Background Ludwig’s angina was first reported by Wilhelm Frederick von Ludwig in 1836. It is a severe and quickly spreading cellulitis characterized by significant involvement of the sub-mandibular, sublingual and occasionally sub-mental space. This condition is potentially fatal if not treated aggressively and promptly due to the cellulitis leading to airway compromise. Prior to antibiotics in the middle of the 20th century, mortality rates were more than 50%.
Most cases of Ludwig’s angina documented occur more commonly in adult males and secondary to dental infection (70–90%) with mandibular molars (unilateral or bilateral involvement) as the main cause. When Ludwig’s angina occurs in the paediatric population, odontogenic cause is only 50%. Some reported causes include salivary gland infection due to sialadenitis, oral tumour infection and infection following intraoral soft tissues surgery. A precipitating aetiology may be difficult to determine, the most frequently involved microorganism is streptococci and staphylococci species. Diagnosis of the condition is normally made through history and physical examination, other findings include fever and raised white cell count and raised CRP.
Objectives The patient presented here shows a severe case of a Ludwig’s angina found in a healthy adolescent male, an age group in which the condition is less common.
Methods electronic case records were used to collect data
Results 13-year-old boy presented with increased facial swelling, drooling, swollen protruding tongue, unable to speak, soft stridor and unable to open mouth.
Had had root canal treatment 7 days prior and had also attended A&E 2 days previously with fever, pain on swallowing associated with puffiness around cheeks and eyes. He was assessed and sent home on oral antibiotics.
He had no significant past medical history (extraction of 10 deciduous teeth at 7 yrs).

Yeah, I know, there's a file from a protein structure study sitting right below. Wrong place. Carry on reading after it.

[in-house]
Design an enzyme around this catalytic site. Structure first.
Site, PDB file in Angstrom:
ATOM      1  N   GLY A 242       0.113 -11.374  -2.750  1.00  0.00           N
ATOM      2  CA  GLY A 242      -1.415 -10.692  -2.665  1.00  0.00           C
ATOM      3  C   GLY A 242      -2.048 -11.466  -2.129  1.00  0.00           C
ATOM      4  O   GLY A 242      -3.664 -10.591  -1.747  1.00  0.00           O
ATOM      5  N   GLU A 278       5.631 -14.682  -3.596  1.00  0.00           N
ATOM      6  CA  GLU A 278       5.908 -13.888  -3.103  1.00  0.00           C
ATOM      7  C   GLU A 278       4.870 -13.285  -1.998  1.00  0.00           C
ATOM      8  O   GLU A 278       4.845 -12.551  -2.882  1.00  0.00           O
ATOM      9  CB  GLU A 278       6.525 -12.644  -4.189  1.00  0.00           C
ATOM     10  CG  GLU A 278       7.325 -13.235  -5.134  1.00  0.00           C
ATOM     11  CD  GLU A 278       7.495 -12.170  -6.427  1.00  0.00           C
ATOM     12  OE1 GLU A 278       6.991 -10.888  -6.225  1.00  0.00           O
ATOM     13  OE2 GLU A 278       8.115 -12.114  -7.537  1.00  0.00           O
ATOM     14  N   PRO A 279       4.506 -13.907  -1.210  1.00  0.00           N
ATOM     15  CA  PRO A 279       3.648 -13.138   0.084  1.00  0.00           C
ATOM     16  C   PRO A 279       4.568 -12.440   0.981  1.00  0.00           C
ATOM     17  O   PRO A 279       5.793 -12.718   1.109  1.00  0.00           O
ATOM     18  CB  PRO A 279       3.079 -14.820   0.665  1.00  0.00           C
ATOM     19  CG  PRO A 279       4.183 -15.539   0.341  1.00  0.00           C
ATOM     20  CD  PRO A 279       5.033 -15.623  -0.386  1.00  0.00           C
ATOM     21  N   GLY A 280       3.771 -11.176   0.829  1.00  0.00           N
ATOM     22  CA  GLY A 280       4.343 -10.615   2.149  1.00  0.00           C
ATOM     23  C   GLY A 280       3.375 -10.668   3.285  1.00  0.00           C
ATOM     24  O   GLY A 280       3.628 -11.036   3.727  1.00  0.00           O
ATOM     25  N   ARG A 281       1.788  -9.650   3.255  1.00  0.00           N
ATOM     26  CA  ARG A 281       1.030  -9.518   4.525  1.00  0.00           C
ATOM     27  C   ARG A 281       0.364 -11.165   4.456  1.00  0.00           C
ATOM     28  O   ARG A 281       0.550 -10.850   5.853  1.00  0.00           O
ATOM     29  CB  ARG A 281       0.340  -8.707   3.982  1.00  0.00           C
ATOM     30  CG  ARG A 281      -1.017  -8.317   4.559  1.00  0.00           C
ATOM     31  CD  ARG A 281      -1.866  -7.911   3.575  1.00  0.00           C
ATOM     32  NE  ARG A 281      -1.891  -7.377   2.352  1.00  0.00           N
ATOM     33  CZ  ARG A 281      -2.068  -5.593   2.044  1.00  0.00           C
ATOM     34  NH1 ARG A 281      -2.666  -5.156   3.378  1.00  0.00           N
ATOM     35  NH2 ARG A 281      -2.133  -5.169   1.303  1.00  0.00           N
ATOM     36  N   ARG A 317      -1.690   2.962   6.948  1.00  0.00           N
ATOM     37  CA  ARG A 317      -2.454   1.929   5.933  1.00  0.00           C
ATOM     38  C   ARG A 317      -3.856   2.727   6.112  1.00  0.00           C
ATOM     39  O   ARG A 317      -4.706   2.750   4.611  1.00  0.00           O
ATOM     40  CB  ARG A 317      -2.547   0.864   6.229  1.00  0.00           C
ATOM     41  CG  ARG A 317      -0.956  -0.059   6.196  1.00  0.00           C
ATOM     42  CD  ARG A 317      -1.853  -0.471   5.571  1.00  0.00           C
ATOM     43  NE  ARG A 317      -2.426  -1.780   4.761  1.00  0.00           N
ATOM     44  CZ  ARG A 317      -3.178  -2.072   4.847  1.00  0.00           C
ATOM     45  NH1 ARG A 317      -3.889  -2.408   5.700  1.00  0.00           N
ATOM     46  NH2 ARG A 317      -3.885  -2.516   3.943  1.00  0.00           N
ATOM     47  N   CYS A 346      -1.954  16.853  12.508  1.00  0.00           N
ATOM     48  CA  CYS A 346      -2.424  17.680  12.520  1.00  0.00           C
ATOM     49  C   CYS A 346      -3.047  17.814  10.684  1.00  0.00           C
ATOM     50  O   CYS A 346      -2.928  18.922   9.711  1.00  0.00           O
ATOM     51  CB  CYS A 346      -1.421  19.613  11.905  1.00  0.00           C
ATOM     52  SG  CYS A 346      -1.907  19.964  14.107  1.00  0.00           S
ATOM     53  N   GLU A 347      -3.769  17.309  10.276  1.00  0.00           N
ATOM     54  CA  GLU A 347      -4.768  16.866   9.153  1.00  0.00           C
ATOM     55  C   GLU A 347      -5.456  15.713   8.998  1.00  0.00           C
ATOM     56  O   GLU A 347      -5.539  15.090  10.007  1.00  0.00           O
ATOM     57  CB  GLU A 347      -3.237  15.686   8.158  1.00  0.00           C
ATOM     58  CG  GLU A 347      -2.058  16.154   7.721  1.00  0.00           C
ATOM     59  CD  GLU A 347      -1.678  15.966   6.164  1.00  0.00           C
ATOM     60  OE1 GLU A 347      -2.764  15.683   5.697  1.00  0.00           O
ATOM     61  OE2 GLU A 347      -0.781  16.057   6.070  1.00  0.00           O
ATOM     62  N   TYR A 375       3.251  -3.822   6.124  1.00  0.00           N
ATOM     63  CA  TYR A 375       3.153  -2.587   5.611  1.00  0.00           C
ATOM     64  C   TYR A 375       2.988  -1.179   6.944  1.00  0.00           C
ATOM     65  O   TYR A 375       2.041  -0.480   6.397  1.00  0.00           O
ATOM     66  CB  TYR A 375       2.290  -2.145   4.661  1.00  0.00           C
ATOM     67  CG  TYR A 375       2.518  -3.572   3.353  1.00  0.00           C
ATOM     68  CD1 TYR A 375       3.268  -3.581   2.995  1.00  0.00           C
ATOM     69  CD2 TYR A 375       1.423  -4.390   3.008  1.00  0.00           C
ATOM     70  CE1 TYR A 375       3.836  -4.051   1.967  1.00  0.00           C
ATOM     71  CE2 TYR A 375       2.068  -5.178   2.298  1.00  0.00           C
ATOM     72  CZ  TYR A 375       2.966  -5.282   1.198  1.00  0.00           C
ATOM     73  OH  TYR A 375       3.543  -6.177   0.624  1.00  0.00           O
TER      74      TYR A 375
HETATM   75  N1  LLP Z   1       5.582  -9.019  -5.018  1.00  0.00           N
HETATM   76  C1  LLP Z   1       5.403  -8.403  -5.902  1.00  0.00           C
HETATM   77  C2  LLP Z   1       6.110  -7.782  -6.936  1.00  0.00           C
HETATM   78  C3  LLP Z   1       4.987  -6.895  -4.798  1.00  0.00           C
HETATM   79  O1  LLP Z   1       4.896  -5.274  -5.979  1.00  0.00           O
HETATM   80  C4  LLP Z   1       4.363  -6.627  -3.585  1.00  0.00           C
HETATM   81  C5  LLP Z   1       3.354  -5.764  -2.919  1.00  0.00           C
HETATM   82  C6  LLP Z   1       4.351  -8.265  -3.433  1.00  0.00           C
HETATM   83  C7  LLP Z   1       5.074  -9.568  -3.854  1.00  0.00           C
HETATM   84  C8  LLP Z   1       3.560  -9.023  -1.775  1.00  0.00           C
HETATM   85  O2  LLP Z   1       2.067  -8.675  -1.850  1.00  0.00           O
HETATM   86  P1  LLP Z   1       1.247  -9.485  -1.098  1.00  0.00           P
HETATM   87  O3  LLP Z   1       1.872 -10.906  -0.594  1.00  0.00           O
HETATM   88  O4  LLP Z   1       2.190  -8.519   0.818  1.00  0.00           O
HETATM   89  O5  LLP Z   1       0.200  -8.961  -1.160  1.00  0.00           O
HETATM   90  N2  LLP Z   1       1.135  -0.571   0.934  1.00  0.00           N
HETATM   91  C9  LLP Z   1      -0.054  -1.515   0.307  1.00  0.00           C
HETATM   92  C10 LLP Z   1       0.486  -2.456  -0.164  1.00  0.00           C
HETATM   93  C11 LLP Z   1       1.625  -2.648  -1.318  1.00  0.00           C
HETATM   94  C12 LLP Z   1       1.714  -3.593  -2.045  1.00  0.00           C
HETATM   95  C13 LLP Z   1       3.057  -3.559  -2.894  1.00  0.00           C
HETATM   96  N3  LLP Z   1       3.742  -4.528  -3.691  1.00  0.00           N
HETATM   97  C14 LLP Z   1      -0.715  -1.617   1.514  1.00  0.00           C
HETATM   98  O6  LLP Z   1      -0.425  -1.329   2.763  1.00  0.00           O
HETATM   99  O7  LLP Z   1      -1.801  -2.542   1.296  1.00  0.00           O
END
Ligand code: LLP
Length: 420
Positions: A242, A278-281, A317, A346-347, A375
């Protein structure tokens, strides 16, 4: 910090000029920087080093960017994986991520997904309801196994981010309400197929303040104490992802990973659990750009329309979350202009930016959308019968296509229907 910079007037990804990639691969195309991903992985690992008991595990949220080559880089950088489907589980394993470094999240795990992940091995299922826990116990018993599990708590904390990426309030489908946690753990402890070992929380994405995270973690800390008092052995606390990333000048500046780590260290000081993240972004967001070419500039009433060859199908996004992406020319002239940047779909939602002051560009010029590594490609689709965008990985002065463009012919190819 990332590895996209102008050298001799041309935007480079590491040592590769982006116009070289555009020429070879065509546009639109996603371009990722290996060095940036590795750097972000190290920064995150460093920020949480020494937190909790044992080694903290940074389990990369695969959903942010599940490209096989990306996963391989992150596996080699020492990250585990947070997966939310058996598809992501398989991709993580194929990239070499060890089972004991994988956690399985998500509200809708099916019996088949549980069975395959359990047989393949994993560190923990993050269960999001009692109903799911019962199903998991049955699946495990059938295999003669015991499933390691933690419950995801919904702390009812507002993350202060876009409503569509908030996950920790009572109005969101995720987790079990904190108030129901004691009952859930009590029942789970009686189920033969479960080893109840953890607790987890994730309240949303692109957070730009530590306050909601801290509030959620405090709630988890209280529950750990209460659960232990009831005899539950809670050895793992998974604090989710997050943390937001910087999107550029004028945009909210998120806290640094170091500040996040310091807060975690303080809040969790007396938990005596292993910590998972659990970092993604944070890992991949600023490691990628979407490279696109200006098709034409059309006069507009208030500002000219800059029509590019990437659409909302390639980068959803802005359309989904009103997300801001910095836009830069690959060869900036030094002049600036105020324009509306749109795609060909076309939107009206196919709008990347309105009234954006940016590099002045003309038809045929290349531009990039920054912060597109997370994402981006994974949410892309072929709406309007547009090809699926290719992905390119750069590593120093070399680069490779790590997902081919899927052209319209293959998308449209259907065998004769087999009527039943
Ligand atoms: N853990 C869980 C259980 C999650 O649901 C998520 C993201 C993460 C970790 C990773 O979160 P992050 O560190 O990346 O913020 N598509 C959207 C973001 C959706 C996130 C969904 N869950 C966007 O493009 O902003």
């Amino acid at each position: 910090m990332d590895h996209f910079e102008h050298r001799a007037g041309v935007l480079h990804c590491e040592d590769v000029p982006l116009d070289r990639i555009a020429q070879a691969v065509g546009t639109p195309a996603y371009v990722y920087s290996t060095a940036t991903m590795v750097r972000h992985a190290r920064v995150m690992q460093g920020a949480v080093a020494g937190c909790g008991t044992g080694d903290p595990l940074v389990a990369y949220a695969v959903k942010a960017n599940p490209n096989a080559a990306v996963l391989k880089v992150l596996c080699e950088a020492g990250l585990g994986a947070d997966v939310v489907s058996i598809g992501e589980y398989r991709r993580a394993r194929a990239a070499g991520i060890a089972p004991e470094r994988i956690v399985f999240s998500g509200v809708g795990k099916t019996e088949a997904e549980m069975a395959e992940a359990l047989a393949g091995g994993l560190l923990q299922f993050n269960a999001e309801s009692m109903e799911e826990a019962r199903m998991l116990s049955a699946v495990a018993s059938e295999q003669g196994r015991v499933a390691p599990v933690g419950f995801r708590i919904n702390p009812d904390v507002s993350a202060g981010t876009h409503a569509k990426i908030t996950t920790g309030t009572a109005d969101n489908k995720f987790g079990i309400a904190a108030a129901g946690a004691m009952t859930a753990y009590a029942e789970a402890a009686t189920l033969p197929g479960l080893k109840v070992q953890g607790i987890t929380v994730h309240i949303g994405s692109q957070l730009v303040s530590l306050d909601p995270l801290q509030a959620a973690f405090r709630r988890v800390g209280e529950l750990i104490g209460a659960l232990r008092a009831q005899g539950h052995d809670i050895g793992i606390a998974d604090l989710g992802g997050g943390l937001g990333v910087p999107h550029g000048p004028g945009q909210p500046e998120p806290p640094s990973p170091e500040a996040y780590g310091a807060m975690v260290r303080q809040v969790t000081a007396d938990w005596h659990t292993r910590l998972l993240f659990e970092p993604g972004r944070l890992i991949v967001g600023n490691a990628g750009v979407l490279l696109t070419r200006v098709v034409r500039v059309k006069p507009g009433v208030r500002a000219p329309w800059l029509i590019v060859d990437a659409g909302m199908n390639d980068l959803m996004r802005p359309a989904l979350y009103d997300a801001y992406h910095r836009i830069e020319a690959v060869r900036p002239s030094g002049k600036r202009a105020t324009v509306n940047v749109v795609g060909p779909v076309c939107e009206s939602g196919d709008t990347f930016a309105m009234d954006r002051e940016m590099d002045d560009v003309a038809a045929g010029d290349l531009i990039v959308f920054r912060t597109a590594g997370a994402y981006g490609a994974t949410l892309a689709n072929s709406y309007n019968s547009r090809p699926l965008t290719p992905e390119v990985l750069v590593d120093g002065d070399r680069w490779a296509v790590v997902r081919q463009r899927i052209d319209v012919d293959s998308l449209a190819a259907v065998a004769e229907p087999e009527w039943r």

On presentation to A&E he had a obstructed airway, maintaining saturations 96% room air, febrile, he was tachyopneic, tachycardiac(122/min) and hypertensive (113/99 mmHg). He was managed with nebulized adrenaline, dexamethasone and IV antibiotics. Clinical diagnosis was Ludwig’s angina
He underwent awake fibro-optic intubation, in theatre he underwent dental extraction LL6 (noted to have copious pus) +UL6, underwent tracheostomy for airway management.
Was transferred to HDU post procedure. CT scan showed - fluid collection containing flecks of air within the left para-pharyngeal space, extending antero-superiorly to left postnasal space, laterally insinuating between the masseter and left medial pterygoid muscle. Posteriorly, extending to lie just below left bony external acoustic canal.
Had a stormy post- operative course with two incidents of peri-arrest due to blocked tracheostomy. These two incidents caused significant anxiety and distress for the child, for which he received psychology input. Decannulation done day 5 post-op, discharged home on post-op day 10, with a course oral antibiotics.
Conclusions The present case describes a typical but severe case of Ludwig’s angina in a relatively atypical age group. This is a life -threatening condition, which requires early intervention along with a multidisciplinary team input. While relatively uncommon in the paediatric population, clinicians should be aware and understand the urgency of immediate treatment when it does present.
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